Awesome. So, how was it? The art’s great; the writing’s great; the interplay between the characters is great. We stick with each story long enough for stuff to actually, y’know, happen, and, well, it’s just an entertaining read all around. ‘Course, that could be just the fact that I didn’t buy any other comics today, so I naturally liked this one a lot, but, who knows? I just quit my job, so I won’t find out for another few weeks, I guess.

Next week, it looks like we’re going to drop in on Batman, Robin, and Nightwing. Should be fun!

See ya in seven.

Previews for 11/22 – Boom Studios

The good folks at Boom Studios were nice enough to send along an advance copy of Talent #4. While I don’t have interior art to offer, I can say this book seems to finally be coming through on its great potential, though I’m not sure how much of a future the title has. Confused? I’ll explain.

Talent follows a man who is on board a plane that crashes – blown up by an assassin/terrorist. This one man survives, imbued with the spirits of the hundreds of other people on board. Their deaths were unnecessary, and the protagonist works to return a balance to the world by cleaning up the victims’ unfinished business. To aid him, he can take on the abilities (talents) of those victims, but only until their business is concluded/avenged/etc.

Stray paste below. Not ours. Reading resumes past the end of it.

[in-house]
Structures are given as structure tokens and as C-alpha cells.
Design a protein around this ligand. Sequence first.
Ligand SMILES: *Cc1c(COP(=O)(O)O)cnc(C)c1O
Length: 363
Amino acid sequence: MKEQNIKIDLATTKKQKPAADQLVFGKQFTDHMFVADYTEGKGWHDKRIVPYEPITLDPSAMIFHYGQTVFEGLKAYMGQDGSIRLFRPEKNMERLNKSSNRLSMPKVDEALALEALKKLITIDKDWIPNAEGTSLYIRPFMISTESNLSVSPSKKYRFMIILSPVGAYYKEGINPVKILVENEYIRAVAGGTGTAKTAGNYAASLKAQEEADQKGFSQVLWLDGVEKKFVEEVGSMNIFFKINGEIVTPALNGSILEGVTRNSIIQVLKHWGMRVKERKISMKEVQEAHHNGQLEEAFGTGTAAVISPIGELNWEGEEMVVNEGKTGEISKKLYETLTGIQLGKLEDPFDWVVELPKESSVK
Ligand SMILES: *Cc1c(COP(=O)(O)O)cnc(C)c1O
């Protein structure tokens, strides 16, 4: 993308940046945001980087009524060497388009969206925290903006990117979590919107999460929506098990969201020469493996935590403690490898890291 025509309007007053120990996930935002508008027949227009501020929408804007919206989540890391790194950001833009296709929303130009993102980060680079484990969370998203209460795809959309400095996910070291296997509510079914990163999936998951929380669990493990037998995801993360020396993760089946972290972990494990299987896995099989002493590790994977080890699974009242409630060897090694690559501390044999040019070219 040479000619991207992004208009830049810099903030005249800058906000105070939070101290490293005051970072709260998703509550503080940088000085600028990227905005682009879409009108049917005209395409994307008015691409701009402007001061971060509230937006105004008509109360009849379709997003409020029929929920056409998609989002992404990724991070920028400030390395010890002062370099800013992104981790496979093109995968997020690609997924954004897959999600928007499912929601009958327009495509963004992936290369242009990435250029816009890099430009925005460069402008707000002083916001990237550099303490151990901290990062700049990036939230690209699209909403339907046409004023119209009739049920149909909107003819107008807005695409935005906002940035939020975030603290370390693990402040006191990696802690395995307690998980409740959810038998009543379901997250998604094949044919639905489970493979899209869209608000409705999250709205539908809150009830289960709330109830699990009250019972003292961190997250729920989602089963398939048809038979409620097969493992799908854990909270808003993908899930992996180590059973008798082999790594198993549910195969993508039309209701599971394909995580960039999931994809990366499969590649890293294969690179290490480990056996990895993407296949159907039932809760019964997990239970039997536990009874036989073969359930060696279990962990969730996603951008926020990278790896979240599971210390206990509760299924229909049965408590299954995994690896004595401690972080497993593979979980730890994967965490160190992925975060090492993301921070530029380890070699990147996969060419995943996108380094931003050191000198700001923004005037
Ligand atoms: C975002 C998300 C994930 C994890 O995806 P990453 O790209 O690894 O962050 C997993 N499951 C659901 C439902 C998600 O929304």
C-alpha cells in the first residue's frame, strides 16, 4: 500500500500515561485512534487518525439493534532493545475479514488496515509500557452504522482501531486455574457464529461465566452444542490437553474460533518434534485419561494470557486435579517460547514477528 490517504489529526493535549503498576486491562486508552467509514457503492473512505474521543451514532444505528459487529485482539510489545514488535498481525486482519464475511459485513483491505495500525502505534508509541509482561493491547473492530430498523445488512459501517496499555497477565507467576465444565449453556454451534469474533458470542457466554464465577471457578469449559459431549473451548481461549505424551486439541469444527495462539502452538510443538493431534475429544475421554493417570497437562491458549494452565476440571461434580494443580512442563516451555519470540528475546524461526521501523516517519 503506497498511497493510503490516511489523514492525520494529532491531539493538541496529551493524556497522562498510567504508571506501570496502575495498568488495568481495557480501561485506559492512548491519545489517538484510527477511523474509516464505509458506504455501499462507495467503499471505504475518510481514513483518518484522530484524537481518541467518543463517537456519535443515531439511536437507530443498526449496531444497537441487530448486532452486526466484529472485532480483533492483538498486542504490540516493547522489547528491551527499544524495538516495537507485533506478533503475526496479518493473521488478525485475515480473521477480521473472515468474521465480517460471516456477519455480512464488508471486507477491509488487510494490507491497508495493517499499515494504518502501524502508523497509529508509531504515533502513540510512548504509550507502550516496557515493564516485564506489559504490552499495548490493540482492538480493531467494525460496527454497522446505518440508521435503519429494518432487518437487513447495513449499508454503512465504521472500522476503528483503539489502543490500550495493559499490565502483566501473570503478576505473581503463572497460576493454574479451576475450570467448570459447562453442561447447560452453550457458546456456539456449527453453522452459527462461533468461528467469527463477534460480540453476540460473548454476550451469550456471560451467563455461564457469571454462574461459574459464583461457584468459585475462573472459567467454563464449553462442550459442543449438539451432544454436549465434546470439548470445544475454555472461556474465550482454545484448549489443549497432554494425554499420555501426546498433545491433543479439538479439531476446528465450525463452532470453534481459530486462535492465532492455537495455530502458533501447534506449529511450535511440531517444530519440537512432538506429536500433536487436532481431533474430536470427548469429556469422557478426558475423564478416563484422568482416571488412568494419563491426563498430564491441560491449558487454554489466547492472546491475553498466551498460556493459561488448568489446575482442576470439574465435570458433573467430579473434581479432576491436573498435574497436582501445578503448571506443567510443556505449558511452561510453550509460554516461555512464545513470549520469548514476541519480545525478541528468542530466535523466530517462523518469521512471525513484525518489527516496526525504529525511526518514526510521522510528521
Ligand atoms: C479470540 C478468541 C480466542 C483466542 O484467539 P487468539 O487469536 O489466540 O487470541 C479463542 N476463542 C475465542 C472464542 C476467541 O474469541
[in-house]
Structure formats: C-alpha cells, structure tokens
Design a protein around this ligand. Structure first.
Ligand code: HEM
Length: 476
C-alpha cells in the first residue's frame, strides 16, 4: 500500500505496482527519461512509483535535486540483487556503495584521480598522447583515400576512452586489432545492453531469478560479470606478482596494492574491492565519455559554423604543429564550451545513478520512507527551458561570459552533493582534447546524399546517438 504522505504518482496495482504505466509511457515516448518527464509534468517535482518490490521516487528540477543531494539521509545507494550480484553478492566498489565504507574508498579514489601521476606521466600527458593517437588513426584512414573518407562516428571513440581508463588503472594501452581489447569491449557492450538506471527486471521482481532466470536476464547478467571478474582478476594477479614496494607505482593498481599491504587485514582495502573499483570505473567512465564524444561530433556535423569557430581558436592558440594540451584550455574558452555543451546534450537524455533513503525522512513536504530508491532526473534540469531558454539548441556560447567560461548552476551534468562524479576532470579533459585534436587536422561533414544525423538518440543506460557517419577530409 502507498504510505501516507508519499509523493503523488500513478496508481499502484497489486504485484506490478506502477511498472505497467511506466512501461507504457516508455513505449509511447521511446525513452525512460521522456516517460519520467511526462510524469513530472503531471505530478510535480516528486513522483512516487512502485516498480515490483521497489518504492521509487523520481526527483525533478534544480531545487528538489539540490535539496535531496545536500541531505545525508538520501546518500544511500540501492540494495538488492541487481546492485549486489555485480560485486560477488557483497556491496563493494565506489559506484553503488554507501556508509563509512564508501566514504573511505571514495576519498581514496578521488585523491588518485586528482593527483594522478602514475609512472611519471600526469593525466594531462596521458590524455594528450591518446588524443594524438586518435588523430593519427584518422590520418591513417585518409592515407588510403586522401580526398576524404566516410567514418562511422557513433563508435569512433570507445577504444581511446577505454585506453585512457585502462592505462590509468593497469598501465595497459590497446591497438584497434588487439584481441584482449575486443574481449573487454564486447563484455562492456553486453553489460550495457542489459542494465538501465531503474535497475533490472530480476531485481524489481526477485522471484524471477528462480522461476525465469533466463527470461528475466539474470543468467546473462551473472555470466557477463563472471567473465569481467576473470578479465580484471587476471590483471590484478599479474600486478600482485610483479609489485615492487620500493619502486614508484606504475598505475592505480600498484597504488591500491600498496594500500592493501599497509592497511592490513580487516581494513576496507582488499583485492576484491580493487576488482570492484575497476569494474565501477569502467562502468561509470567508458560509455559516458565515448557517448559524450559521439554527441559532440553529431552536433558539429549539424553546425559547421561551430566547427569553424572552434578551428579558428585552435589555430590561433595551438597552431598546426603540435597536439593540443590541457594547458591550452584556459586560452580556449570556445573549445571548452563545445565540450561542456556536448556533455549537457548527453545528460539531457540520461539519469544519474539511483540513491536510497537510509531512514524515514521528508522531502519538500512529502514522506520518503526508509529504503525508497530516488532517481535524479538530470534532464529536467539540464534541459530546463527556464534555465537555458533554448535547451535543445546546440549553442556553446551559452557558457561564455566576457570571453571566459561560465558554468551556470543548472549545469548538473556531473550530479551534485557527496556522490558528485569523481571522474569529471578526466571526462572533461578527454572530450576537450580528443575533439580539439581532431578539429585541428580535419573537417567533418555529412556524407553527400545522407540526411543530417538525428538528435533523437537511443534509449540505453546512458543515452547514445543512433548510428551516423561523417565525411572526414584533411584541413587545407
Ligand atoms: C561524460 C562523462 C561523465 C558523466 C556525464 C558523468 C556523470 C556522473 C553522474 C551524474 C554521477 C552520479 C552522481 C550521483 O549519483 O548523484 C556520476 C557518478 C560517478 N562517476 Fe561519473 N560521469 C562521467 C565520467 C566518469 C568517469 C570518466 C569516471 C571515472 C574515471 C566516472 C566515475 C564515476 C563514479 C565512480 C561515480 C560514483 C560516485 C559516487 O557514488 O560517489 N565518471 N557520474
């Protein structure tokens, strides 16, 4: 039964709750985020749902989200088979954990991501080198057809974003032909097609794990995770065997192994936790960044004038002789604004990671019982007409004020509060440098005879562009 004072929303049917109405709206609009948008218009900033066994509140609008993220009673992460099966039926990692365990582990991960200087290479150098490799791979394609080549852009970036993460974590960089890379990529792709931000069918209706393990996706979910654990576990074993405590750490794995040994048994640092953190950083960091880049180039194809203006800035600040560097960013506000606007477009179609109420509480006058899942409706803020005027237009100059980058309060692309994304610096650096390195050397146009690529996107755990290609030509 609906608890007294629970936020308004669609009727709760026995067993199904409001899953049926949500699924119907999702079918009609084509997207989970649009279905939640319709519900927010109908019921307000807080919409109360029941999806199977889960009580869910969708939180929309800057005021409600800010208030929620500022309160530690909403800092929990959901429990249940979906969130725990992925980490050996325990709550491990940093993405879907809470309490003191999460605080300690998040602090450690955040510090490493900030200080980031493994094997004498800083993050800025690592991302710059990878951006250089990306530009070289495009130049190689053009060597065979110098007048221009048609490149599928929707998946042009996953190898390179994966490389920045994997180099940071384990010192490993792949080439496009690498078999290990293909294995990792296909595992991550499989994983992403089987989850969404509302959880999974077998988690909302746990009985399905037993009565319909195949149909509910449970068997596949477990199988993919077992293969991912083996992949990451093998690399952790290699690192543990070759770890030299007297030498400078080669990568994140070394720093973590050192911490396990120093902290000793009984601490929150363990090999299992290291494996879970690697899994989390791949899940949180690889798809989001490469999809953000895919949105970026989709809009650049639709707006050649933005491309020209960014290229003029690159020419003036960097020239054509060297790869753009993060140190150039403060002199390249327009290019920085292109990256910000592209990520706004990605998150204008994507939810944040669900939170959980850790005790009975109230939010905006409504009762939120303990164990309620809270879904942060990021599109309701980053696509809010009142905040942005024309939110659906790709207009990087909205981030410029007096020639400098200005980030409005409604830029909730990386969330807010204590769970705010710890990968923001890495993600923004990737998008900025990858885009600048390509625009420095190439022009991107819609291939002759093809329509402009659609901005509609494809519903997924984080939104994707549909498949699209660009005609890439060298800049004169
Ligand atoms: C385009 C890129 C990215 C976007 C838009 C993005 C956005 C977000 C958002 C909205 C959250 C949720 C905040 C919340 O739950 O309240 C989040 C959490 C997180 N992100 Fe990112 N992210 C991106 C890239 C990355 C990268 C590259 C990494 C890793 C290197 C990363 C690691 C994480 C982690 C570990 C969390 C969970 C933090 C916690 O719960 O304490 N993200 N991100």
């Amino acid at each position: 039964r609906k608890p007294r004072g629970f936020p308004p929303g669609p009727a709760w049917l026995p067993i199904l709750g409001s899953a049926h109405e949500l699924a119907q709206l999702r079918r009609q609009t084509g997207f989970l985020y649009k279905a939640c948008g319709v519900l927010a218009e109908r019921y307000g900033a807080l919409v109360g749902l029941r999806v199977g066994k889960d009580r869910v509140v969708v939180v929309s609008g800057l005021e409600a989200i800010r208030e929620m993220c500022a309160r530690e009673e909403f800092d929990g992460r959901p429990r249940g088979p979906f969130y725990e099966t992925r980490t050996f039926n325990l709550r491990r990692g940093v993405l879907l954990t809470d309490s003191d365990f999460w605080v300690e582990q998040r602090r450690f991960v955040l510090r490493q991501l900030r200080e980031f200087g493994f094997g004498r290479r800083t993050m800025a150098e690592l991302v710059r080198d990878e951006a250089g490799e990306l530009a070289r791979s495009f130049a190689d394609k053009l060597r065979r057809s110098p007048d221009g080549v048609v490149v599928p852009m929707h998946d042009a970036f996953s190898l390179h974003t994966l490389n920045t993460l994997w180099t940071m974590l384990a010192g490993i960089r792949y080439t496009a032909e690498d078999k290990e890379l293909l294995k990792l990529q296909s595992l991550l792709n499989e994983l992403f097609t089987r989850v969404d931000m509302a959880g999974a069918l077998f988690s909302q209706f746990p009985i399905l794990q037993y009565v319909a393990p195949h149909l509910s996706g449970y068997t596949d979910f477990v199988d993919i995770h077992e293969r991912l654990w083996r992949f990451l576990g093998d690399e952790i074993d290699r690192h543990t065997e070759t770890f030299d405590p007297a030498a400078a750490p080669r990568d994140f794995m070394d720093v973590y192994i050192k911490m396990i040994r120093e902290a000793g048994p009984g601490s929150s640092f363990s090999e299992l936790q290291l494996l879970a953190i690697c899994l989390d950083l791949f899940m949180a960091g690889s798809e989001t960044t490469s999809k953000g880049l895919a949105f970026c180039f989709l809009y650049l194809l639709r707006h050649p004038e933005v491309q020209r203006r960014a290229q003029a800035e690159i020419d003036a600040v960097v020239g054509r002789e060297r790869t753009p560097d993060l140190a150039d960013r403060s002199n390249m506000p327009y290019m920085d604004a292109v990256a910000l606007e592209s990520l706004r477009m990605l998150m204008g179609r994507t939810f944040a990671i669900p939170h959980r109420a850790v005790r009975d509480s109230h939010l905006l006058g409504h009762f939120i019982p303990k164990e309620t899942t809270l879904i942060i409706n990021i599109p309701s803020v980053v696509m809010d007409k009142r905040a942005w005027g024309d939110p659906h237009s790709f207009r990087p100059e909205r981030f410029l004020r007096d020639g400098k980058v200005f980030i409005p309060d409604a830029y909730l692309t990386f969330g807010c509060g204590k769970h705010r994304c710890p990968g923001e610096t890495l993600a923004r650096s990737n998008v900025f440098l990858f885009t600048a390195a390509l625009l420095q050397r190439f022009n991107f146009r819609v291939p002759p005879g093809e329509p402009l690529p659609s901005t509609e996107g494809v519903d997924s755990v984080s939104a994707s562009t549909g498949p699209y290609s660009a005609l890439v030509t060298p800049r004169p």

This issue sees the survivor fighting directly with the evil group who blew up the plane and apparently are trying to cast the world into darkness. He takes on the talent of a hired killer who died on the plane, lending the book a nice bit of excitement.

My concern is that the gimmick, while clever, limits the life-span of the book. There are only so many victims, and only so many can be super-killers. For that matter, only so many can be world class actors, etc. And when their talents fade, so do those of the protagonist. I’m a bit afraid we’ll soon see signs of the creative team reaching for unrealistic talents, or breaking their self-imposed rules.

For now, the book is good, probably the best out there by Boom.